If your computer has been running sluggishly, you could be the victim of a new kind of malware that uses your system to mine cryptocurrency. Known as cryptojacking, this attack uses your system's processing power to virtually mine for digital currency like Bitcoin — which the attackers can sell for cash. And the worst part? You may not even know your computer is doing it because all it takes to become a victim is visiting a website or viewing a malicious ad.
But there's good news, too: as far as malware and viruses go, cryptojacking is fairly harmless. It doesn't delete data or steal personal information, and only runs when your browser has a bad webpage open. Still, it's not something you want your computer to be doing. Mining for cryptocurrency takes a lot of processing power, which means your computer will slow down and heat up as your processor is pushed to the limit. If you do it for long, it can have a noticeable hit on your electric bill, too, because your computer uses more power for those extra processing cycles.
Cryptojacking attacks have been seen on some big websites lately, including YouTube, which had malicious code embedded in advertisements. While cryptojacking is often done by hackers, some websites also use it to generate extra income. That includes both questionable sites like The Pirate Bay and reputable sites like Salon — though Salon is up-front about the system, letting users opt-in to mine cryptocurrency instead of viewing ads.
For most malware, we would advise you to avoid visiting suspicious websites or downloading unknown software. But because cryptojacking attacks can be found on perfectly ordinary websites, it's harder to avoid — or even tell if you've been cryptojacked. Be on the lookout for your computer running very slowly or physically heating up while you're browsing the web. If you spot one of these symptoms, you can check what's eating up you computer's processing power by opening the Task Manager in Windows or the Activity Monitor on Mac. Both will show you which applications are using your system resources — and if it's your web browser, it could be running a cryptomining script.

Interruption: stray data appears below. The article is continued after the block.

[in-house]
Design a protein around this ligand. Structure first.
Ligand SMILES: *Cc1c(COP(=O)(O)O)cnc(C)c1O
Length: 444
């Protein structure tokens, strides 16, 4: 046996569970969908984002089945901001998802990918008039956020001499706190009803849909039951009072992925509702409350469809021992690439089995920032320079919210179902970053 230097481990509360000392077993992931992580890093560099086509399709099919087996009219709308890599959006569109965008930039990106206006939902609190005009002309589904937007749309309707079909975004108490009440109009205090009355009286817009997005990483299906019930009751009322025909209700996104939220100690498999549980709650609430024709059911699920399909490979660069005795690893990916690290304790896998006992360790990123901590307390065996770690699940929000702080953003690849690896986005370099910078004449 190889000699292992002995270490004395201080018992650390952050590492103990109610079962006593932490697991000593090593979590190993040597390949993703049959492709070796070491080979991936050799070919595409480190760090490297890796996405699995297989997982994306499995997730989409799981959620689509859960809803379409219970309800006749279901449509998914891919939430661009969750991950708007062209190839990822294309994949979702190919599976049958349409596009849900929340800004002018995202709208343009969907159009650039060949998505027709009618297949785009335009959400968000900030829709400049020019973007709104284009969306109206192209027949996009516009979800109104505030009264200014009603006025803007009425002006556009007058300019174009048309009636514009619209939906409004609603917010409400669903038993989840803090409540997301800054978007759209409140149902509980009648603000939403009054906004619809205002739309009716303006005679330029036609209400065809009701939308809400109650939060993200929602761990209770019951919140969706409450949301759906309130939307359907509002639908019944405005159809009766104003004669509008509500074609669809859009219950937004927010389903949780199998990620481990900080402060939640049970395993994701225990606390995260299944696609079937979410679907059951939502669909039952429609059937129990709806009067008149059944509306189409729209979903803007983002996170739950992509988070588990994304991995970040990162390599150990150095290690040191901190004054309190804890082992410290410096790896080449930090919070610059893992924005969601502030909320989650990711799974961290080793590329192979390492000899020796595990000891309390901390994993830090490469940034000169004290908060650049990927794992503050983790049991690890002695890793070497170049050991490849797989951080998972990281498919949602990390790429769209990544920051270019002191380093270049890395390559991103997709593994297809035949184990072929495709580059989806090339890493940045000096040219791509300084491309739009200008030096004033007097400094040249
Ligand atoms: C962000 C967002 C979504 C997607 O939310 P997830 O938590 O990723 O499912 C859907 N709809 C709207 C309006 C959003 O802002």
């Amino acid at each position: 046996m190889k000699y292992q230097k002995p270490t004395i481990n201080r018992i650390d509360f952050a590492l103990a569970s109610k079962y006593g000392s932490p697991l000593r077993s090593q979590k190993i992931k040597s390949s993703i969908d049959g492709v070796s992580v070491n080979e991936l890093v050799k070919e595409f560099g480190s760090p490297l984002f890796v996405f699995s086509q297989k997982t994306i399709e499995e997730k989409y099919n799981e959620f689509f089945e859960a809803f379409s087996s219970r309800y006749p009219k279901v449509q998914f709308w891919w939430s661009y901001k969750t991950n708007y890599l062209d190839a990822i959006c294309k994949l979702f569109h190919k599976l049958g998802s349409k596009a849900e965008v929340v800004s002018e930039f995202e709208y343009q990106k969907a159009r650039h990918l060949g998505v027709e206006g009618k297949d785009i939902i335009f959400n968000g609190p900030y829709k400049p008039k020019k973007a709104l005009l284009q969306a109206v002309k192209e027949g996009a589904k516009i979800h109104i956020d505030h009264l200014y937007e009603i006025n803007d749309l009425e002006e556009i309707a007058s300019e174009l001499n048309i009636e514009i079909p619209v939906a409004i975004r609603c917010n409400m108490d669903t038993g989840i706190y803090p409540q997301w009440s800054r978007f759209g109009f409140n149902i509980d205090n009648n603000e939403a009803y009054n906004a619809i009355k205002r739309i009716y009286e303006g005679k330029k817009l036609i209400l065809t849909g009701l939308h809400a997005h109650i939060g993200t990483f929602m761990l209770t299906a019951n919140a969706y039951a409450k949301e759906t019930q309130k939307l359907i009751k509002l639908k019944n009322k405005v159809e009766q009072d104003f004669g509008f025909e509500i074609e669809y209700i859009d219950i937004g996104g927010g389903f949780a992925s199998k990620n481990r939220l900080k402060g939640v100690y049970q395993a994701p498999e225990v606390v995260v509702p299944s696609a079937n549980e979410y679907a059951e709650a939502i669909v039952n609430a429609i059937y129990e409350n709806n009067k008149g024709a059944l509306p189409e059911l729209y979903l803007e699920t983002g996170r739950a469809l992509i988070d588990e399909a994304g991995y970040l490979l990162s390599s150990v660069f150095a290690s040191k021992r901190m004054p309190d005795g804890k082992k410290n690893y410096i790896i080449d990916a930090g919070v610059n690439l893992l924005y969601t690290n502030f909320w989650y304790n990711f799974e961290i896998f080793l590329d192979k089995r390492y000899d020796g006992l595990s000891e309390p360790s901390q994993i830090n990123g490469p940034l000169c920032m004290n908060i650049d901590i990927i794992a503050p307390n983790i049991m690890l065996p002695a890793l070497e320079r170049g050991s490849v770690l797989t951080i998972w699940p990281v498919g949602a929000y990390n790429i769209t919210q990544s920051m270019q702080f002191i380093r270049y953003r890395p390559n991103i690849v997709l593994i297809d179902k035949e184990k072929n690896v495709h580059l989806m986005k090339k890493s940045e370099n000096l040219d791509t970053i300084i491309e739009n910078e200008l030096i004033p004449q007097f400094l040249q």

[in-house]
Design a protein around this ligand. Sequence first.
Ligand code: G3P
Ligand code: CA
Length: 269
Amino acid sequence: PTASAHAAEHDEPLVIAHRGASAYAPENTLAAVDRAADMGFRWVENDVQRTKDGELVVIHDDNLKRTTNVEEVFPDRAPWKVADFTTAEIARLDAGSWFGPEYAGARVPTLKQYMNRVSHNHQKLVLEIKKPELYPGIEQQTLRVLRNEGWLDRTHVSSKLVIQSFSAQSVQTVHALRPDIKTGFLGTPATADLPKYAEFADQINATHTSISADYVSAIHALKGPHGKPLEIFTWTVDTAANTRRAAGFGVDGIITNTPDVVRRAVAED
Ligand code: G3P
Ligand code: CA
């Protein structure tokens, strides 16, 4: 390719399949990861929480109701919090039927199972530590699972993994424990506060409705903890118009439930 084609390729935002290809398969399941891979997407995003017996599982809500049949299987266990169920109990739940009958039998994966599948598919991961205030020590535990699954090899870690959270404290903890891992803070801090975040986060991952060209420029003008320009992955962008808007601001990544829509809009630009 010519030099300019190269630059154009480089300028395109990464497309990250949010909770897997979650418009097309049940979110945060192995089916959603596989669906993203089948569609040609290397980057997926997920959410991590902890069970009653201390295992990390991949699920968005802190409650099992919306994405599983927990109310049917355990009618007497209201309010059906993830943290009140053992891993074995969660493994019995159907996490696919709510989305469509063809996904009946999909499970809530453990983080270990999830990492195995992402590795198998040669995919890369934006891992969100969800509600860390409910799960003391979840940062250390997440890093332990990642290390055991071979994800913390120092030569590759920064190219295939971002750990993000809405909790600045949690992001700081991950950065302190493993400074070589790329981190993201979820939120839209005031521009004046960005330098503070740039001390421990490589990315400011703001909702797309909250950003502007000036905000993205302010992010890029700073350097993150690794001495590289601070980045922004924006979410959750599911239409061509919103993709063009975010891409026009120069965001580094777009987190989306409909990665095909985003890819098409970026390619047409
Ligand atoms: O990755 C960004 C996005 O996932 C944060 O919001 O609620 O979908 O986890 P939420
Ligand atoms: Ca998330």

Despite the difficulty of detecting cryptojacking, there are four ways to keep yourself safe.
1. Be sure you're running anti-malware software
Many anti-malware programs will block cryptojacking attacks, including those from Avast, Malwarebytes, Norton, Sophos, Trend Micro and Webroot. Make sure you have an anti-malware program installed — many of them are free for home use, so there's no excuse not to run one. And once the program is installed, make sure to keep it up to date, so it knows how to fight off the latest threats.
2. Run an anti-cryptojacking browser extension
Both Chrome and Firefox have a wide range of extensions that add handy extra features to your browser — including blocking cryptocurrency mining. These extensions typically work by blocking specific known cryptominers, so they may not get everything. Still, they definitely cut down on cryptojacking attacks and they're less intrusive than script blockers (which we'll discuss next).
Our favorite is No Coin for Chrome and Firefox. It blocks cryptomining sites, but you can stop blocking a site with a single click if you want to allow it to mine.
Stop your browser from running scripts
Many websites use a variety of scripts to run properly, but scripts can also contain malicious — or just annoying — code like cryptojacking attacks. Still, disabling it wouldn't be our first — or even second or third — recommendation for dealing with cryptojacking because it can prevent websites from displaying properly.
Keep your computer up to date
There isn't a security patch that blocks today's cryptojacking exploits yet, but keeping your system up to date is crucial to keeping it secure — and the latest security patch could protect you from the next attack. So be sure you're running automatic updates for Windows 10 or macOS.
Because cryptojacking code runs in your browser, you should make sure it's up to date as well. Most browsers are set to update automatically, but here's how to update Chrome and Firefox manually. Microsoft Edge and Apple Safari both updated as part of Windows 10 or macOS, so they will be updated automatically when you run your general computer update. And Windows users, if you're still running an old version of Internet Explorer, go ahead and update to Edge for the latest browser technology.
[Image credit: slow computer concept via BigStockPhoto]